Northwest Arkansas Times from Fayetteville, Arkansas on October 23, 1974 · Page 28
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Northwest Arkansas Times from Fayetteville, Arkansas · Page 28

Fayetteville, Arkansas
Issue Date:
Wednesday, October 23, 1974
Page 28
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Page 28 article text (OCR)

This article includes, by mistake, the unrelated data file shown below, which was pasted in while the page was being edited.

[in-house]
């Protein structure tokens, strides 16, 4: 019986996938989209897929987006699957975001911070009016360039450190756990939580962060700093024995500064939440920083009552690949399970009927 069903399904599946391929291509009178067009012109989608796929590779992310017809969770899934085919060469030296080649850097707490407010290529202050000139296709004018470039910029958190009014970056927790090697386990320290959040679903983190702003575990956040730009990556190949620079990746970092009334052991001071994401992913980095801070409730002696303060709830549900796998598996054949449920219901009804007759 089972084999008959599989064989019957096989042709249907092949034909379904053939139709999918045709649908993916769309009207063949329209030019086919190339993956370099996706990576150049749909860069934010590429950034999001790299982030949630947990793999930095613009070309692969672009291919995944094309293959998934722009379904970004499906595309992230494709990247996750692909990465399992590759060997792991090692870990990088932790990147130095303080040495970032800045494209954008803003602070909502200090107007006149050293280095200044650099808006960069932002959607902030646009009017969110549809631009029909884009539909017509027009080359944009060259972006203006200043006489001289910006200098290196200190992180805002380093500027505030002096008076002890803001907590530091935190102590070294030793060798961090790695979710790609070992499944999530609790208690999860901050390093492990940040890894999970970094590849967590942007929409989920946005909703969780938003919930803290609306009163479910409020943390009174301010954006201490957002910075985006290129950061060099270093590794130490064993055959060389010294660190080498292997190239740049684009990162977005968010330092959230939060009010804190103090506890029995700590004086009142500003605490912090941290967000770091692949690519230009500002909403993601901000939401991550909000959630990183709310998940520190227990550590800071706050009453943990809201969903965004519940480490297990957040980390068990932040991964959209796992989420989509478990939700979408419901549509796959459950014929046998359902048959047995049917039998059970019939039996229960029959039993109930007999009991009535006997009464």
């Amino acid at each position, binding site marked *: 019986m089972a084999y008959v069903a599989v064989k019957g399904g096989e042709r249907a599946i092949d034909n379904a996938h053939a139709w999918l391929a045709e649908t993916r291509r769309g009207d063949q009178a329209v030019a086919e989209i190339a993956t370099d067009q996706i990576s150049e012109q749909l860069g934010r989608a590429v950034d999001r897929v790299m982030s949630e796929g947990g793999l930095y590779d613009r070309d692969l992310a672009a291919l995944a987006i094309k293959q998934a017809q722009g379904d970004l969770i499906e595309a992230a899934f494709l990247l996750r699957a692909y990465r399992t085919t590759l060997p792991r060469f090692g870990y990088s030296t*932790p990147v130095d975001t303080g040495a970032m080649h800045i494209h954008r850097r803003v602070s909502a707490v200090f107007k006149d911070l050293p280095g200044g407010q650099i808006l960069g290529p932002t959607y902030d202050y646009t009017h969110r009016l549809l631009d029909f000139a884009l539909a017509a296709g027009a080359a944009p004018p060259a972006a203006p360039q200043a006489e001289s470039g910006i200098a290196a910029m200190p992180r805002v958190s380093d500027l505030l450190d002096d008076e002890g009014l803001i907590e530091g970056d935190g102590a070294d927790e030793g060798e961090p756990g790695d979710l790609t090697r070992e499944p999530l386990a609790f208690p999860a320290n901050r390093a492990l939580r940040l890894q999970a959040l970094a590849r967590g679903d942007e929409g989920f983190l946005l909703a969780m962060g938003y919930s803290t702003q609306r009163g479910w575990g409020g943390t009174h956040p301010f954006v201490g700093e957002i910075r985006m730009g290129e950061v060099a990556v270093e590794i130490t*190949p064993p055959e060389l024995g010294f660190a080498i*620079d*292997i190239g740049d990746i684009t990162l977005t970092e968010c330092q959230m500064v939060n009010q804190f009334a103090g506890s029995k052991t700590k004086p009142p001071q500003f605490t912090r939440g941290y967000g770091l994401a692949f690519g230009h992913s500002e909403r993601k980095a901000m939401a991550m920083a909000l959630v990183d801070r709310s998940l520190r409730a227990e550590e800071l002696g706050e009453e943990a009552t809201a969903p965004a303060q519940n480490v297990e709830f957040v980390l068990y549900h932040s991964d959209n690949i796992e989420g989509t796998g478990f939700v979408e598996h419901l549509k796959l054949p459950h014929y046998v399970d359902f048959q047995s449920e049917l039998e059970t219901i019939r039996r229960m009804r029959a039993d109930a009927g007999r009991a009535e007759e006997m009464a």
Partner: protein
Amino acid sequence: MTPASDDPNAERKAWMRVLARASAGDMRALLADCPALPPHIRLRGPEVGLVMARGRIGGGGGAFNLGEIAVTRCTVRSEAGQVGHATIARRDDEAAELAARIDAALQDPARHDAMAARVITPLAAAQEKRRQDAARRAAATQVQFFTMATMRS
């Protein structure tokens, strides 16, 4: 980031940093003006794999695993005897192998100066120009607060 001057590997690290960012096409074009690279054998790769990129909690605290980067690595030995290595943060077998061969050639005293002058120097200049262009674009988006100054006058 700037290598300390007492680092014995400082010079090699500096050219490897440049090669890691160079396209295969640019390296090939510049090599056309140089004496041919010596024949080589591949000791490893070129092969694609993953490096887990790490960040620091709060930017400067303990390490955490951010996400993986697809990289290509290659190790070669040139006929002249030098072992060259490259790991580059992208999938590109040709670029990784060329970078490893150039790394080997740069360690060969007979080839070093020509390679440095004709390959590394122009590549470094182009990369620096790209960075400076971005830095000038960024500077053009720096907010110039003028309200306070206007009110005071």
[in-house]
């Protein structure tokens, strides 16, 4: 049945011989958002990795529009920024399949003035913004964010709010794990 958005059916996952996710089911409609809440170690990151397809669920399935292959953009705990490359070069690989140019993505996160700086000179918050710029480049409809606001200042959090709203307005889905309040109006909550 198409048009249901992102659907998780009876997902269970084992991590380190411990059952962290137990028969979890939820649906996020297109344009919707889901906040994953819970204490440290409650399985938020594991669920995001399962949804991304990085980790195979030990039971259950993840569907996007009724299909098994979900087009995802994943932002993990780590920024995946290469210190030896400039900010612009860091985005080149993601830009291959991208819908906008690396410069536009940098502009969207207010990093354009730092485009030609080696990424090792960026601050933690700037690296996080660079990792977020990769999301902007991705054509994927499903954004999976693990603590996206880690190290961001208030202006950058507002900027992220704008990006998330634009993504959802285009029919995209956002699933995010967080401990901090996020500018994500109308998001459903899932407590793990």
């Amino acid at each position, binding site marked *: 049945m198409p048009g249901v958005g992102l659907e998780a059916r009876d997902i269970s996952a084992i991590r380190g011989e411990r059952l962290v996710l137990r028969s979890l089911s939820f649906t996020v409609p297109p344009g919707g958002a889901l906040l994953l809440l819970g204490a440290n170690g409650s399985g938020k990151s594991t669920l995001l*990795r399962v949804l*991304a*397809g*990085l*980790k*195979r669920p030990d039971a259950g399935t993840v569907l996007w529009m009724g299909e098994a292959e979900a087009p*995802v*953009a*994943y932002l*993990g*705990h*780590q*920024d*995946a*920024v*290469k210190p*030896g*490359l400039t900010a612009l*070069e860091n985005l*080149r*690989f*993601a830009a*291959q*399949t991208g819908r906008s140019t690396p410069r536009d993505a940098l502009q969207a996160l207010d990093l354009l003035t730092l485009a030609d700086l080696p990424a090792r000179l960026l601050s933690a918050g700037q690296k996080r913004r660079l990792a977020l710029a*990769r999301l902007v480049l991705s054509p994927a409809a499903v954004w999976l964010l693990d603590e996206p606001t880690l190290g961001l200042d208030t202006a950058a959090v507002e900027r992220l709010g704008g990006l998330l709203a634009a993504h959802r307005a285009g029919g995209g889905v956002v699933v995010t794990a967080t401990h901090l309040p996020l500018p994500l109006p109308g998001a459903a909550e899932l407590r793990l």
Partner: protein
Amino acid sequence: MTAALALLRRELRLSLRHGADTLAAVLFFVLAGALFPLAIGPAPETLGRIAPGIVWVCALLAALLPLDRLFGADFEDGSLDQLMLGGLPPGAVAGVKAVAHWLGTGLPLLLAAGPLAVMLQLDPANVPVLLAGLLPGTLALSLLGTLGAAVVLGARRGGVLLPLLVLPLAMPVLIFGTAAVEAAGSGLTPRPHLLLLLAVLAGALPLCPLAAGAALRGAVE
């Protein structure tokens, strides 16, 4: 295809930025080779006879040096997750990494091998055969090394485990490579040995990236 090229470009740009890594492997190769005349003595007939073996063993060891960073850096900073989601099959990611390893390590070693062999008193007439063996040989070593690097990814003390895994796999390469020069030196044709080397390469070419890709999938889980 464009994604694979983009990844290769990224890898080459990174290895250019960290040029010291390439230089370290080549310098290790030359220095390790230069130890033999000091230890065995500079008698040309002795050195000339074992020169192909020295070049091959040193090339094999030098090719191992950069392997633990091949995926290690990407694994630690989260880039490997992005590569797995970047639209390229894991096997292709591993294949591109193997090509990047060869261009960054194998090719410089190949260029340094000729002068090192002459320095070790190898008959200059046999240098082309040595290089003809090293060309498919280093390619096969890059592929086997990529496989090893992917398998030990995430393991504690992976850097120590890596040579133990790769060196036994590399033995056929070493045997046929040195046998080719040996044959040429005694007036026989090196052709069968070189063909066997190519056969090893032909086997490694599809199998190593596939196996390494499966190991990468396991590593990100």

30 · NortriwuJ Arkansas TIMES, Wed., Oct. 23, 1974 rAYltTIVIttt, ARKANSAS _^^^^^^_^ Due To Nationwide Increase Repeat Abortions Viewed With Mixed Reactions By Doctors. " ri NEW YORK (AP) -- All "* though the national rate of re- .iipeat abortions is unknown, ..Tcmedical authorities are viewing the increasing number with ]; . mixed reactions. ; ii "Repeated abortion is a matter of concern," says Dr. Jean Pakler, director' of the New York City Health Department's Bureau of Maternity Services and Family Planning. "We'd like to see more women turn to contraceptives after their first abortion, rather than accidentally become pregnant all over again. We hope to renew and concentrate our efforts in fami-. ly planning attar we do further research into the character- t istics of abortion repeaters so '-'''·we. can pinpoint our informa- ·· 'lion directly to them. ';. "While we' are concerned ^'; about abortion repeaters,: we £ are not at the point where we -; 'are going to say, 'After two ;:r abortions, that's it. 1 " . ... v Another, less stringent view · ( '..comes from Dr:"- Christopher : Tietzez, senior consultant with ^ the: Population Council and director": of its abortion research activities, who says, "The number of women having repeat abortions is small compared to the.entire'population of women. The small'vperc'entage of abortion repealers corresponds fairly well, to the-high level of con trace'ptiye effectiveness." PILL -EFECTIVENESS After a recent analysis relating to the likelihood of repeat abortion, Dr. Tietze concludes that the number of repeat abor lions to be expected by young women in the year following their first legal abortion, am who are using the pill, can be estimated at between 1.8 and 5.3 per cent of these women The pill is 98 to 99 per cent ef fective. For those using less of fective methods, he concludes that 9 to 24 per cent of Ihe women will return for a secom abortion in the year following the first one. For his -projections covering a decade, which appear ii ' ' F a m i l y Planning P e r spectives," Dr. Tietze predicts an ever-increasing number o repeat abortions. "Within ten years," he writes, "approxi mating the remaining portion of their childbearing period, 2059 per cent of pill users and a substantial majority of users of other methods may be expected to experience at least one repeat abortion." In discussing the increasing need for skillful contraceptive ounseling, and greater avail- bility of voluntary sler- lization, Dr. Tietze also points ut, "It should be explained hat a highly effective method f contraception with occasion. al major side effects, such as he oral contraceptive and the UD, may constitute a greater isk to the woman's life, and possibly to her health, than less effective contraception backed up by repeat abortion in case of "ailure." SAID DISCOURAGING Dr. Milton Danon, administrator of Parkmed, a New York Sty .outpatient facility where he number of abortion repeaters has increased by, 10 per cent since last year, agrees with Dr. Tietzez but finds it discouraging that birth control el- ~icacy represents a health hazard, saying, "When abortion is performed during the first 12 ivceks of gestation, its medical safety is unquestioned. "During 1973, there were no first trimester abortion fatalities in New York City; Yet, for healthy young women under 35 who are taking the pill, the estimated death rate is 1 in 66,001 because of abnormal blooc clotting; the estimated death rate from abnormal blood clott ing in healthy women under 3 and not taking the pill is 1 ii. 500,000. IUD complications re ported to date .are also more numerous than .those arising from .the outpatient abortior procedure. So what shoulc healthy, .sexually active fe males do? Emphasis should b( placed on the development o an effective and safe method o contraception." ' The fact that abortion may be safer than using the pill oj the IUD is discounted by othe m e d i c a l authorities. Psy chiatrisl Robert E. Hall, of St Luke's Hospital and a forme obstetrician-gynecologist, states, "The type of woman who has repeated abortions ha a basic psychological problem and it was probably present be fore the first abortion. How ever, since the psycholcgica dynamics of the woman's prob lems were not treated, she con tinues to have abortion afte abortion. The problem may Ii with her views on her feminin ity; perhaps she is Irying to ge .even with somebody, or she may unconsciously wish to be come pregnant, even thougi consciously she does not. 1 women are using abortion as c birth control method, they ar either misinformed or thei viaws ara distorted." Democrats Hope To Score Election Wins In Midwest CHICAGO (AP) -- Democrats, both incumbents and challengers, are hoping to score big election victories in the Midwest, once the keystone of national Republican power. Throughout the Midwest, Democratic governors, senators and congressmen appear on the road to impressive election day triumphs with few exceptions. At the same time, Republicans in Kansas and North Dakota are seriously threatened with losing U.S. Senate seats. Only In the Indiana 'Senate race and In the gubernatorial battles in Ohio and Michigan do McGee Invited To Reunion Af While House SAN FRANCISCO (AP) - A retired longshoreman, who played high school football 44 years 'ago with President Ford, says he's been invited to join the team's Thanksgiving reunion at the White House. "And if they don't send me a ticket, I'm gonna grab me an armful of freight train. That's my thing. I used to be a hobo," said Silas McGee, 61, who played halfback and left end with Ford, a center, on the South High team in Grand Rapids, Mich. "I'll ride east by way of the southern route. It's warmer And get off in Baltimore, so I can clean up at the bus station change my clothes, make myself presentable." McGee chuckled: "And when I go into the White House, IT be dressed as the ambassador from Timbuktu. Hellooo! IHere I am!' W h a t an unanticipated pleasure." At 5 foot 7 and 145 pounds, McGee was the smallest player on the team. He was also the only black on the team and one ·of about 10 blacks among the school's 1,200 pupils. McGee and Ford played their last game together Thanksgiv ing Day, 1930, against Union High, "a bunch of tough Polish kids," "It was freezing cold, w i t h six to eight inches.of snow on the : deck," recalled McGee "The game'ended in a score less tie." · McGee, who was located by the \Vhite House through the longshoremen's union here said everyone called the President ; "Junie, because he was Gerald Ford, Junior." "Junie was a sight to behold A big shock of blond hair, anc when he hollered at us, 'Come on, fellas!' it was like a--how do you say it?--a clarion call to battle."' LIFE AT FAULT To others, the quality of life at fault. "When a woman has abortion, we can say it is xiause of ignorance, lack of ucation, or cultural bar- ers," explains Dr. Don Sloan, -gyn specialist and assistant inical professor at New York edical College, "but after the first abortion, she should have a knowledge of birth control because of the counseling she received. So, we cannot say that repeated abortions are caused by ignorance." "The most important mechanism causing repeated abortions may lie with the cultural and emotional distortions of modern society. On OMB hand, the sexual qualities of the female are flaunted in advertisements; on the other, females are still being told by society, religion and their mothers that it is improper to be sexual. For this reason, many women cannot get up in the morning and take a pill every day, or get fitted for a diaphragm because then she would be saving, 'I'm going to have sex.' 'It is a foolish denial of her own sexuality which she cannot and will not adhere to, when a woman refuses birth control .counseling after-an abortion because she says, 'it will never happen again.'." All abortion repeaters, however, are not reluctant to use birth control. A study in 1973 on abortion repealers'in New York City by Dr. Edwin F. Daily, Dr. Pakter and statisticians Frieda Nelson and Nick Nicholas showed that abortion re- pealers had increased contraceptive : use by 20 per cent between the last and the repeat abortion; they also reported a higher proportion of method failure, improper use and carelessness. Fear of birth control side effects, rejection of birth control philosophically, and lack of supplies accounted for the 47 per cent who did not use anything. Republicans apear to: have op porturiities to stave off a Demc cratic sweep of the 12-stat Midwest region. Senate victories are expect o come easy for such we :nown Democratic incumbent js George MeGovern of Sou Dakota, Thomas Eagleton . Missouri, Adlal Stevenson of I inois and Gaylord Nelson Wisconsin. The Democrats al are favored to win . in Ohi where polls show former astr naut John Glenn is ·running whopping 50 per cent ahead the GOP candidate and in low where Rep. John Culver is f vored to replace retiring fello Democrat, Sen. Harold Hughe In Kansas, Democratic Re William Roy Is making a stron run to oust Sen. Robert Dol : ormer GOP national chairma The polls had shown Roy with wide lead but the latest sat pling taken by the Topeka Cap tal-Journal showed both can dates with.45 per cent. In North Dakota, Sen. Mi!t Young, a Republican, is i nip-and-tuck battle with for,., Gov. William Guy. Guy's cam said the former governor was running far ahead of Young in the spring but the gap has narrowed. Mayor Richard G. Lugar of Indianapolis is after the s e a t held for two terms by Democratic Sen. Birch Bayh of Indiana and the latest polls show Lugar is trailing by only 5 to 10 per cent. There are no Senate races in Nebraska, Michigan and Minnesota, In eight states with governors' races, Democratic incumbents Patrick Lucey of Wisconsin, Richard Kneip of South Dakota, J. James F,xon of Nebraska and Wendell Anderson of Minnesota are virtually conceded re-election Democratic Gov. Robert Dock- Ing stepped down in Kansas but Atty. Gen. Vernon Miller is a solid choice to retain the statehouse for the Democrats. Gov. Robert Ray of Iowa is the only Republican incumbent facing election in the Midwest and he is favored to turn back the challenge of State Sen James Schaben. The latest polls show Ray, seeking a fourth term, with 60 per cent backing. In Michigan, Republican Gov. William Mflliken faces a strong challenge from Sander Leven whoi lost by less than 1 per cent of the vote four years ago in an -'"-'-- that took three days to Gov. John Gilligan of Ohio is running narrowly ahead of former Gov. James A. Rhodes Republicans now control con- r f s ' OI «l delegations in 5 of e 12 Midwestern stales and Democrats have the edge in four witn divided delegations in Iowa, Minnesota and South Da- kola. 1922-1974 USE OUR CONVENIENT LAYAWAY! PRICES GOOD ALL WEEK EVELYN HILLS SHOPPING CENTER FAYETTEVILLE White Quantities Last We Reserve The Right; .To Limit Quantities Where Available 69c Gallon Size PUREX BLEACH 57' Has 14% more active to- Foe in My Roll Of 30 Vinyl Trash and Lawn Bags Oar Rag. 1.89 1 .53 ROLL 28x36" an easy tear-off rot, Wftn twtet Ctoswos. HoU ovw . 3buh«h. HMwy doty. 14-Ounce Can 39c Comet CLEANSER 21' Steadies out tough stains and disinfects as it deans. Anti- stain formula wttti Chforirmt. Reg. 1.88 Downy FABRIC SOFTENER 1 .33 64-Oz. 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Sizes 8 to 18, 32 to 38. 39c Homer Laughlin 10-ln. China Dinner Plates Choice Of Many Styles and Colors 3« $ 1 Fine heavy duty cfma lor your own famHy meal* and whan guests come, Attractive patterns to choose from. 5-Oz. Can Gillette RIGHT GUARD DEODORANT Can Be Used By The Entfre Family c Reg- 99C 57 II realty works. A second spray gives 24 hour protection against perspiration odor. Dri** quickly. Women's Reg. 1.99 'Bicycle'Style Head Scarfs The Fashion Rage For FaN Season F for KttfptOQ your. IMW noct awo . In ptffoct ontor wMto ouldoofi, to Package Of 5 99c GILLETTE TRAC II Razor Blades C PKG. The first Mad* stow* your whttet, th* second blade shave* K agate, ctoeer. Stock op at W* low price. i ^ w i a»s 73